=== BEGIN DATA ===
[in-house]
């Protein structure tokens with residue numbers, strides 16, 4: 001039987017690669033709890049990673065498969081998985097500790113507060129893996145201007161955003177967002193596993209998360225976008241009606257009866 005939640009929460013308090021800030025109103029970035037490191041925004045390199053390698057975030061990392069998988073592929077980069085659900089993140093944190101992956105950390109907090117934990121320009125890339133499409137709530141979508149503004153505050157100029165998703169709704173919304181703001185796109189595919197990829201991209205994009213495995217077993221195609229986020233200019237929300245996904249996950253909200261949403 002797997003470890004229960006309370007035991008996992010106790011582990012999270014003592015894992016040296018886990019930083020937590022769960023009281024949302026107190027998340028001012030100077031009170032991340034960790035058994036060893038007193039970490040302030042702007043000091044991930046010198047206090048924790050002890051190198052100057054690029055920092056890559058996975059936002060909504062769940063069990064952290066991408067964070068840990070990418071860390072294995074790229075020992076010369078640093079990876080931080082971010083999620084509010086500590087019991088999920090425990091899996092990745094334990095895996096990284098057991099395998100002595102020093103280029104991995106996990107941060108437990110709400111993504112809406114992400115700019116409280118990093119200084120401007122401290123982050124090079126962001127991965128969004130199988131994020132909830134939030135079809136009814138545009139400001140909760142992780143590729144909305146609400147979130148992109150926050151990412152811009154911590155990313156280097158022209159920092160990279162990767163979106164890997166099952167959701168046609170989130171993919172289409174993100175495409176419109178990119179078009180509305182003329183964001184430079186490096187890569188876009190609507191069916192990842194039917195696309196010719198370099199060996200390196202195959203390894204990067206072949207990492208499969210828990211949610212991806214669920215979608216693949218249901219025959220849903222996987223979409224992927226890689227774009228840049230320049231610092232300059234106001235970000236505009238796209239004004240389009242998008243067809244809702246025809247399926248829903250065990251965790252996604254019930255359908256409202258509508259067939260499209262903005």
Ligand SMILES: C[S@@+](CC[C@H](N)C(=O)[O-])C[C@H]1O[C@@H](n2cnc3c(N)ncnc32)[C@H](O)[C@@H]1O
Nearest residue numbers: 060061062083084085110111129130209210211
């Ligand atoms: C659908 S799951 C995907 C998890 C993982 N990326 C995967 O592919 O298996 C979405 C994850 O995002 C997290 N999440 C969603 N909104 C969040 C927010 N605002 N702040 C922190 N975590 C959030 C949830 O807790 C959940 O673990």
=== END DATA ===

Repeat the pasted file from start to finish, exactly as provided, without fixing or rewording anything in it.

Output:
[in-house]
């Protein structure tokens with residue numbers, strides 16, 4: 001039987017690669033709890049990673065498969081998985097500790113507060129893996145201007161955003177967002193596993209998360225976008241009606257009866 005939640009929460013308090021800030025109103029970035037490191041925004045390199053390698057975030061990392069998988073592929077980069085659900089993140093944190101992956105950390109907090117934990121320009125890339133499409137709530141979508149503004153505050157100029165998703169709704173919304181703001185796109189595919197990829201991209205994009213495995217077993221195609229986020233200019237929300245996904249996950253909200261949403 002797997003470890004229960006309370007035991008996992010106790011582990012999270014003592015894992016040296018886990019930083020937590022769960023009281024949302026107190027998340028001012030100077031009170032991340034960790035058994036060893038007193039970490040302030042702007043000091044991930046010198047206090048924790050002890051190198052100057054690029055920092056890559058996975059936002060909504062769940063069990064952290066991408067964070068840990070990418071860390072294995074790229075020992076010369078640093079990876080931080082971010083999620084509010086500590087019991088999920090425990091899996092990745094334990095895996096990284098057991099395998100002595102020093103280029104991995106996990107941060108437990110709400111993504112809406114992400115700019116409280118990093119200084120401007122401290123982050124090079126962001127991965128969004130199988131994020132909830134939030135079809136009814138545009139400001140909760142992780143590729144909305146609400147979130148992109150926050151990412152811009154911590155990313156280097158022209159920092160990279162990767163979106164890997166099952167959701168046609170989130171993919172289409174993100175495409176419109178990119179078009180509305182003329183964001184430079186490096187890569188876009190609507191069916192990842194039917195696309196010719198370099199060996200390196202195959203390894204990067206072949207990492208499969210828990211949610212991806214669920215979608216693949218249901219025959220849903222996987223979409224992927226890689227774009228840049230320049231610092232300059234106001235970000236505009238796209239004004240389009242998008243067809244809702246025809247399926248829903250065990251965790252996604254019930255359908256409202258509508259067939260499209262903005």
Ligand SMILES: C[S@@+](CC[C@H](N)C(=O)[O-])C[C@H]1O[C@@H](n2cnc3c(N)ncnc32)[C@H](O)[C@@H]1O
Nearest residue numbers: 060061062083084085110111129130209210211
């Ligand atoms: C659908 S799951 C995907 C998890 C993982 N990326 C995967 O592919 O298996 C979405 C994850 O995002 C997290 N999440 C969603 N909104 C969040 C927010 N605002 N702040 C922190 N975590 C959030 C949830 O807790 C959940 O673990």